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Hungry in the West End: Meals on Wheels Feeds the Homebound

Imagine feeding a hot lunch to more than 1,500 people a day—people who live in different parts of Rhode Island, with different needs, tastes and health problems.

Now do it for only $3 per meal.

Meals on Wheels (MOW) pulls off this minor miracle five days a week, thanks to a squadron of cooks and kitchen workers, shoppers and dieticians, truck drivers and volunteers who get hot, fresh food to people all over Rhode Island. It is, to say the least, a challenge.

“You’re trying to please everyone, which is not really possible,” says Michael Marrocco, operations manager for Marra Meal Services. “After all, I think my mother’s cooking is the best, but somebody else might not like it.”

Marra Meals prepares up to 1,700 meals a day in its professional catering kitchen in an East Providence industrial park. Summer or winter, sunshine or rain, the trucks roll. Only heavy snow disrupts the schedule—and when that is forecast, double meals are delivered the day before. For some, the visit from the MOW volunteer is the only human contact they’ll have all day.

For many, the meals provide a lifeline that keeps people too frail to cook out of nursing homes.

The work starts early. The first shift of cooks and kitchen workers arrives around 4 a.m., and sets to work preparing the day’s meals, following a menu drawn up monthly. By 8 a.m., truckloads of red (hot) and blue (cold) insulated coolers are fanning out across Rhode Island.

A dozen salaried drivers transfer the coolers to a fleet of 70 volunteers who distribute the meals. The average volunteer route takes 90 minutes and visits 20 homes. “We do our best to serve healthy, tasty, nutritious food,” says Heather Amaral, MOW’s executive director.

It’s not so easy. Many homebound elderly have health problems like high blood pressure or diabetes, so the chefs have to limit fat, salt and spices, while coming up with meals that appeal to people of all ethnic backgrounds.

They offer a daily alternative, so people have a better chance of finding something they like. An average meal might include fruit juice, barbecued chicken, mashed potatoes, buttered corn, whole wheat bread and fresh fruit, while the alternate choice might be sliced pork au jus. The monthly menu is posted online.

Marrocco’s favorite customer is the anonymous lady who sends back the menu every month, with her opinion of each day’s offering carefully noted: “Good.” “Fair.” “Very good.” “It’s really helpful,” he says. Amaral says a recent survey was encouraging. “We got 500 or 600 responses, and virtually all said the food was better than it was a year or two ago.”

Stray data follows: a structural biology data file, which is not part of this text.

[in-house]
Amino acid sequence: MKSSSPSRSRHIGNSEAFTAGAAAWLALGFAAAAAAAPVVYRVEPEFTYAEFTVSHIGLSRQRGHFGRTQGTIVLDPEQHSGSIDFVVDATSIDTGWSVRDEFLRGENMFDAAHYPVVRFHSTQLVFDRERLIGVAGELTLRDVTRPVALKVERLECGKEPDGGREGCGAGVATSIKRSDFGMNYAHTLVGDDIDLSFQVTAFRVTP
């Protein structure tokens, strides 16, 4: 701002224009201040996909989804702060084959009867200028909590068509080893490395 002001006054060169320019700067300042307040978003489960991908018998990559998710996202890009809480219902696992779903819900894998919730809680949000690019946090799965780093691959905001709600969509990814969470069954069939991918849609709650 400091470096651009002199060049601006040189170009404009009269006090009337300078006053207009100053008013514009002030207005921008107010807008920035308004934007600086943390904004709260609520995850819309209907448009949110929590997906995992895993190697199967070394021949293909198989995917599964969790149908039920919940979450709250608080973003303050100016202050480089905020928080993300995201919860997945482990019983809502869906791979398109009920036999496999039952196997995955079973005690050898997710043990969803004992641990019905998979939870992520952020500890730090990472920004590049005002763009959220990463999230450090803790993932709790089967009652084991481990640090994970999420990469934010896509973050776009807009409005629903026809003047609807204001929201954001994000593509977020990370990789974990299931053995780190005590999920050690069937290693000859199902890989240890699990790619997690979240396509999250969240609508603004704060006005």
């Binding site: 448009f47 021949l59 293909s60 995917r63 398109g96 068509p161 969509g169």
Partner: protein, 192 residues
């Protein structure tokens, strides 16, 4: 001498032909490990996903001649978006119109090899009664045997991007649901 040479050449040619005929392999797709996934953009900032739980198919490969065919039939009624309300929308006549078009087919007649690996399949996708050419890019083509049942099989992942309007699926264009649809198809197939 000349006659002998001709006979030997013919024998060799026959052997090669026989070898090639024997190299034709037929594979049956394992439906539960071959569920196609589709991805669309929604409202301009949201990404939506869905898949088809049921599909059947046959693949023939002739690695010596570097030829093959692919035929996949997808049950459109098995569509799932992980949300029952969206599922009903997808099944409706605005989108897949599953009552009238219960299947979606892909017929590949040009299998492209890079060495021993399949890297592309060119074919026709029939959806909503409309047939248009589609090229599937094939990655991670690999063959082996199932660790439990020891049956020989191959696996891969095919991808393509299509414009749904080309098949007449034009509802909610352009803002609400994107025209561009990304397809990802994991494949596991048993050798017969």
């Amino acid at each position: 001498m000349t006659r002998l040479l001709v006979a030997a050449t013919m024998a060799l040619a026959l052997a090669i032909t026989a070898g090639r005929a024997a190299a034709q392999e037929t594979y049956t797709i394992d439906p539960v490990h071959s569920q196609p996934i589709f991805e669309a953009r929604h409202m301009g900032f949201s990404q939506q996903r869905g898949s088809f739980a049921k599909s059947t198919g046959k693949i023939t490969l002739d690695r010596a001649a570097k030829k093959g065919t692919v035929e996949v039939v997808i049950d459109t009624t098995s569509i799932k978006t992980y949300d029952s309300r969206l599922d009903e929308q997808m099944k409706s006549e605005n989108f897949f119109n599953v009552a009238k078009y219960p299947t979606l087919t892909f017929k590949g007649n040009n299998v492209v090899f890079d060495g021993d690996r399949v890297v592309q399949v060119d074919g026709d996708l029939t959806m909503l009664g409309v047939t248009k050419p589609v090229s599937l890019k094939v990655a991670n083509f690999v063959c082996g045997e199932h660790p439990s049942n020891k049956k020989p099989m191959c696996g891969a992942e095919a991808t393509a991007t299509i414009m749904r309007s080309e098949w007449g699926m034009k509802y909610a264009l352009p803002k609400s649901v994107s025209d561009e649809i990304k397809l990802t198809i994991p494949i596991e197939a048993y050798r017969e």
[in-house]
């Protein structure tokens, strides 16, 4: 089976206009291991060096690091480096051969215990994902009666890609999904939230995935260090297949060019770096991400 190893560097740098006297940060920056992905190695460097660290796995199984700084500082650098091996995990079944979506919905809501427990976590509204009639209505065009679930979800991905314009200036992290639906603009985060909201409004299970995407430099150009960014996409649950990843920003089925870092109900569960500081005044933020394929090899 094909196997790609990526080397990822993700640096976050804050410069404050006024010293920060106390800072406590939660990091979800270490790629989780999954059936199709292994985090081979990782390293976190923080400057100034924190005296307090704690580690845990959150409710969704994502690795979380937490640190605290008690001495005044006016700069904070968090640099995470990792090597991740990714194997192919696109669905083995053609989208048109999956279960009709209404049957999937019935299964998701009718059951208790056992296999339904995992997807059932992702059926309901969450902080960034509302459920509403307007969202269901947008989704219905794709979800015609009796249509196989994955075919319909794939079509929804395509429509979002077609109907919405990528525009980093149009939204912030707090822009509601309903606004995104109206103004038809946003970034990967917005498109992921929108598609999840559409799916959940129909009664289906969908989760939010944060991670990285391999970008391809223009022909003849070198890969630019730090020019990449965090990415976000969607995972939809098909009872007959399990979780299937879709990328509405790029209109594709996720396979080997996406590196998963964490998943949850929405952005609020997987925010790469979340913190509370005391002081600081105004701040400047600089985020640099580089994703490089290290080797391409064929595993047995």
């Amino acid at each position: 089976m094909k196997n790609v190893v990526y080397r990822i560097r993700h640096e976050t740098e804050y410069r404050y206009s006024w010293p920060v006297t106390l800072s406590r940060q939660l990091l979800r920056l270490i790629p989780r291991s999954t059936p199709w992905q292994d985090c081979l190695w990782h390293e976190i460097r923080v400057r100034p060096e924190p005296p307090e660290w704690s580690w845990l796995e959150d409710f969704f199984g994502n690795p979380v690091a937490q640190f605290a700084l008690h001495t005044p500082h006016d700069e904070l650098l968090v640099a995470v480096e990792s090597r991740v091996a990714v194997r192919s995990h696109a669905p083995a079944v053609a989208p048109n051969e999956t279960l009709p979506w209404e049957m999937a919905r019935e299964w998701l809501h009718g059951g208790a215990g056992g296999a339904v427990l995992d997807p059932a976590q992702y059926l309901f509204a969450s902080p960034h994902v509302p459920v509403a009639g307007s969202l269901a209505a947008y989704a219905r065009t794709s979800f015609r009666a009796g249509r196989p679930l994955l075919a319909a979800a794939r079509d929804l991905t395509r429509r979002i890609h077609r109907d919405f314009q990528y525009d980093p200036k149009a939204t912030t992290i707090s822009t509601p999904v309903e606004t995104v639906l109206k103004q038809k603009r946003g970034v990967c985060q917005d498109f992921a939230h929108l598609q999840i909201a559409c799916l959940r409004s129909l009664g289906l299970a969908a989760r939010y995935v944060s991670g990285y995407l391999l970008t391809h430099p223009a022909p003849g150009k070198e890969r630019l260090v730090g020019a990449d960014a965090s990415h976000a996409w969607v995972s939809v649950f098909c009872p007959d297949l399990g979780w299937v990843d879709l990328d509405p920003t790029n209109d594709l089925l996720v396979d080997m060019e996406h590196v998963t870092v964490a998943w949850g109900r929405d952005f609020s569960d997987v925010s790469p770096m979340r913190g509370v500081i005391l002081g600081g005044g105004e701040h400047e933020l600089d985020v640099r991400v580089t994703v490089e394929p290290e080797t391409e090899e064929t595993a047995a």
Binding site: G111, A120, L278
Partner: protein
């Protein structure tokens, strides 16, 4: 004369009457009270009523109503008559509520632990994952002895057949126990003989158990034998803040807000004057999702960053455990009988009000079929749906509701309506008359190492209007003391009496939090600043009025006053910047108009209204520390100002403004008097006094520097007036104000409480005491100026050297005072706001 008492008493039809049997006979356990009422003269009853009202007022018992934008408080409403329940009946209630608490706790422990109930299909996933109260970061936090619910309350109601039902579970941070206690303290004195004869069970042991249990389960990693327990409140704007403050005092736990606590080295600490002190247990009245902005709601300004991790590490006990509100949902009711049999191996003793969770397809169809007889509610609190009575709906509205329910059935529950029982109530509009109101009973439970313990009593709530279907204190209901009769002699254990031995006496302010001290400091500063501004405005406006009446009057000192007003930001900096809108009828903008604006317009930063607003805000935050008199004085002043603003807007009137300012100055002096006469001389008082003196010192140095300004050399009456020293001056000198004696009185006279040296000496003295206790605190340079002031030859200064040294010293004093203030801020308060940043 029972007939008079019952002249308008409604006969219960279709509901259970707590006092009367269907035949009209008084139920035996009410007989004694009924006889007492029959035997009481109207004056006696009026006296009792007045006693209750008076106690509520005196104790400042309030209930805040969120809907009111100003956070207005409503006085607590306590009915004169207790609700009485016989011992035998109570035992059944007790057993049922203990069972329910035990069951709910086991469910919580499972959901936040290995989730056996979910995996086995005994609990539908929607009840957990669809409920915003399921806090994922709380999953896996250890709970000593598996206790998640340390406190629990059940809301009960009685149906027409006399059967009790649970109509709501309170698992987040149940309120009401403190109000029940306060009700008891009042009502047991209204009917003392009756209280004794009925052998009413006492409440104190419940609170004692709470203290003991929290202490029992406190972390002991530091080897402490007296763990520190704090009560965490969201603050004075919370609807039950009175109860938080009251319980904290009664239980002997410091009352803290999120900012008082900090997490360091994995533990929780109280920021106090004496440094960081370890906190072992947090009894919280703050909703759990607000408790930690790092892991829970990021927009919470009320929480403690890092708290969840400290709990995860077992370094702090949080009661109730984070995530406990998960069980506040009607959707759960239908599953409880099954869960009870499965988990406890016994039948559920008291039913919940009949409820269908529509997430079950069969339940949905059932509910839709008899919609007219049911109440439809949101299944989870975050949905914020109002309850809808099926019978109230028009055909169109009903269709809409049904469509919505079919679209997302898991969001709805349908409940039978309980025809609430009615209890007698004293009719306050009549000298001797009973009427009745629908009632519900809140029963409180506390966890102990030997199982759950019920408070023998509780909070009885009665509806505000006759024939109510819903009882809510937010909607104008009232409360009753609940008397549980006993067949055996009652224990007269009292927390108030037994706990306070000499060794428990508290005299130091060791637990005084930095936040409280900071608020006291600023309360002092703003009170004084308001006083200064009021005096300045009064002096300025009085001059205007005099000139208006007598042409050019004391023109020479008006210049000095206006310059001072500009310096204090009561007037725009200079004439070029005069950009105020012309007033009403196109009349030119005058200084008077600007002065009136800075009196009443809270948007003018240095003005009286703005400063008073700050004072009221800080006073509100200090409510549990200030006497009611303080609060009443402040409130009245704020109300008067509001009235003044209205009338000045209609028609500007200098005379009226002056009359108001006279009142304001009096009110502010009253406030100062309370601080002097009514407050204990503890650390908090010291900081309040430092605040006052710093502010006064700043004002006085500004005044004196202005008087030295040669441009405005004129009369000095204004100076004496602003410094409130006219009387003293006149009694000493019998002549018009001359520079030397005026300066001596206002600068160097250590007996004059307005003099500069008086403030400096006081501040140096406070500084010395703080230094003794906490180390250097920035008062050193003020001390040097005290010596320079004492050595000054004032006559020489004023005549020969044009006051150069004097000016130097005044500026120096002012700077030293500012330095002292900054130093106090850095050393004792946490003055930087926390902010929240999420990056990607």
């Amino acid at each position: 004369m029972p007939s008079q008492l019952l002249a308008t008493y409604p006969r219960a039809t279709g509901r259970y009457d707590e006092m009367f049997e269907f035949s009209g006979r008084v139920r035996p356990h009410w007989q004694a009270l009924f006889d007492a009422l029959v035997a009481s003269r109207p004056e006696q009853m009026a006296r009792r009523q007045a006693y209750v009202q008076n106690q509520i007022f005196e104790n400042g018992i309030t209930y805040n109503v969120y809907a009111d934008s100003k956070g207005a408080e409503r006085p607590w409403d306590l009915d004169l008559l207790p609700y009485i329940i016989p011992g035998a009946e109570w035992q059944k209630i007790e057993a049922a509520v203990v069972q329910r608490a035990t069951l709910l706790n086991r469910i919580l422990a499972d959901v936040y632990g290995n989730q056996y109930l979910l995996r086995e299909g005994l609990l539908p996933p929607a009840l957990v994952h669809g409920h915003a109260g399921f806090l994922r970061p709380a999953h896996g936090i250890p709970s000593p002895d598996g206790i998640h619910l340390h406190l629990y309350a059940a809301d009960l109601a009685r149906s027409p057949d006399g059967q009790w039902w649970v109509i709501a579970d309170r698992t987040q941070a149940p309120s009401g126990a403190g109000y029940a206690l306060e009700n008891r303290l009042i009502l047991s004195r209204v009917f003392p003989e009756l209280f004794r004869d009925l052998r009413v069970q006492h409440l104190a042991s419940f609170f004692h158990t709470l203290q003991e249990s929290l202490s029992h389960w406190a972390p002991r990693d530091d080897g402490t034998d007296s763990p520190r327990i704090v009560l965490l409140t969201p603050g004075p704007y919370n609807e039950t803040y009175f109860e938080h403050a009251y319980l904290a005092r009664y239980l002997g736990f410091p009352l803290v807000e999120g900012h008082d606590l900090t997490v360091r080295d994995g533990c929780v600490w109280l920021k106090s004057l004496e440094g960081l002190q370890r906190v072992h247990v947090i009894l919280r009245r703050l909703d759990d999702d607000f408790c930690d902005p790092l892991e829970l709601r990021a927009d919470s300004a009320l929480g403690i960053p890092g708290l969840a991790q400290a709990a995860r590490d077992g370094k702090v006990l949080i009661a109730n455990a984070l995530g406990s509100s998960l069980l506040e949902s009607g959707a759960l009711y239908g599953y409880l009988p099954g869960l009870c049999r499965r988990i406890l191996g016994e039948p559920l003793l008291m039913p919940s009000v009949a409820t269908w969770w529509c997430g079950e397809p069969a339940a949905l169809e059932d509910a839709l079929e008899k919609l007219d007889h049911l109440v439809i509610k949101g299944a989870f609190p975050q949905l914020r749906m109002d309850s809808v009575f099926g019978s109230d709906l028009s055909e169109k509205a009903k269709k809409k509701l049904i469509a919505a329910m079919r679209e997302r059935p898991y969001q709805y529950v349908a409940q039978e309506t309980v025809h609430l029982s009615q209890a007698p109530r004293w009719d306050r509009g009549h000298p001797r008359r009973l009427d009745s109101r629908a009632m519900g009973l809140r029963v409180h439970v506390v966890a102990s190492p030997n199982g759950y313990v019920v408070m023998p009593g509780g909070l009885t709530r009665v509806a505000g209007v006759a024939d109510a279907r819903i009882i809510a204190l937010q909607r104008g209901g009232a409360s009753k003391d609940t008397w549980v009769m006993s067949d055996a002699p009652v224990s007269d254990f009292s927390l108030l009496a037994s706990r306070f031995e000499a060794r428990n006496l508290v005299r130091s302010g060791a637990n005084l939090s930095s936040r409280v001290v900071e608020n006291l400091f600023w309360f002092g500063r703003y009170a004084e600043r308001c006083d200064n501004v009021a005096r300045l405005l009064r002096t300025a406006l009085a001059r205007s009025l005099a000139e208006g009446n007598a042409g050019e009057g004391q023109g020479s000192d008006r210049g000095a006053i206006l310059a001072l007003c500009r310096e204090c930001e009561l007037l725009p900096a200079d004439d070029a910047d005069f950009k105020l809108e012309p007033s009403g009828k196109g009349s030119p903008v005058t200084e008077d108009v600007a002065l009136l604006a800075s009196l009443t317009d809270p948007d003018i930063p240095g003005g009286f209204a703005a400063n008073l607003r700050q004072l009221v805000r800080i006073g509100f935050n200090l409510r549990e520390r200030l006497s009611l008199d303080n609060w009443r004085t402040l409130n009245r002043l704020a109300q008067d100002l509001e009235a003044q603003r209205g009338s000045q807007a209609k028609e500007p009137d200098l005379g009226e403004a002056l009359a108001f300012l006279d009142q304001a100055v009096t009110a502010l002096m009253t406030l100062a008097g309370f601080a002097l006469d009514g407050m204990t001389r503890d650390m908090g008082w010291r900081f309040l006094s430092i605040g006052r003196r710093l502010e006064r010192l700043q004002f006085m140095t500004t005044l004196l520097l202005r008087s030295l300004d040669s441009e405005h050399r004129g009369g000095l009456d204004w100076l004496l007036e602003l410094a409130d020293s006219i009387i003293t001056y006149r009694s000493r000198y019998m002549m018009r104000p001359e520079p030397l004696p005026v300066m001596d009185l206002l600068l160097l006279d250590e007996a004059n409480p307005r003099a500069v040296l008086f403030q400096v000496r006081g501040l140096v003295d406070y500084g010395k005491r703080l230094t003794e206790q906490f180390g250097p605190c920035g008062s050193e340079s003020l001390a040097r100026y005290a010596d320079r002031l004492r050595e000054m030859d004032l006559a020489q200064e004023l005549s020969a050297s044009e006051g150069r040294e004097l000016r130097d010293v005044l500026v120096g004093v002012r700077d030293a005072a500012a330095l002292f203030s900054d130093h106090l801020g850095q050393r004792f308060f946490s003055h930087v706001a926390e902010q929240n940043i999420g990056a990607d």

About three-quarters of the meals go to private homes, with the rest served at “congregate” meal sites where people come together to eat, such as senior centers.

You don’t have to be poor to get Meals on Wheels, says Amaral. “You can qualify if you are 60 or older…at the congregate centers, the cut-off age is 55. In general, the people who go to the (congregate) sites are younger and in better shape.” For specifics on who is eligible and how to apply, click here.

The suggested donation is $3 per meal, says Amaral, but in practice people chip in less. “The average we get is $1.60. That amount has decreased in each of the past three years. This year it is down 15 cents. It definitely tracks the economy.” About 64 percent of MOW funding comes from government, the state share of which has been dropping in recent years.

“At one point we were getting $403,000,” she says. By this year that hit a low of $181,000, but in the new budget it ticks back up to $200,000. Making up the difference through donations is getting harder and harder, she says. The agency gets about $400,000 in donations, including things like crackers, soaps and shampoos from supermarket drives.

Often, there isn't enough money to feed all the people who apply. There’s a waiting list for home-delivered meals, which can be as long as six weeks unless someone is in dire straits, she says. “We do pull people out of line based on need, so you might wait a week or you might wait six.”

She says many people find it hard to come forward to say they need help. “We see two things—people tell us, ‘Yes, I can prepare a meal,’ but it’s not a healthy meal. It’s more like cereal and soup. There are a lot of reasons, including physical ability and fatigue. The result is, people are not eating properly for their health condition.”

And even when they do get home-delivered meals, the food doesn’t always reach the intended recipient. “The second thing is people who feed half their meals to their pets. It’s pretty obvious—the driver goes to pick up the coolers and the dishes are licked clean on the floor. It’s a quality of life issue. People love their pets."

Ever flexible, Meals on Wheels has come up with a solution: its Pet Food Pantry, with an array of donated pet food and treats. Pet food is delivered along with the daily meal.

Research funded by the Meals on Wheels Foundation shows some surprising trends. As of 2010, more than 8 million Americans aged 60 or older worried about having enough to eat. The number who actually experienced hunger is lower, at 1.6 million—but that number is more than three times higher than it was in 2001.

“Those increases were most pronounced among the near-poor, whites, widows, non-metro residents, the retired, women, and among households with no grandchildren present,” says “Senior Hunger in America 2010: An Annual Report”. The organization worries that more skipped meals means worse nutrition and exacerbation of chronic illness, which in turn leads to greater “limitations in activities of daily living.”

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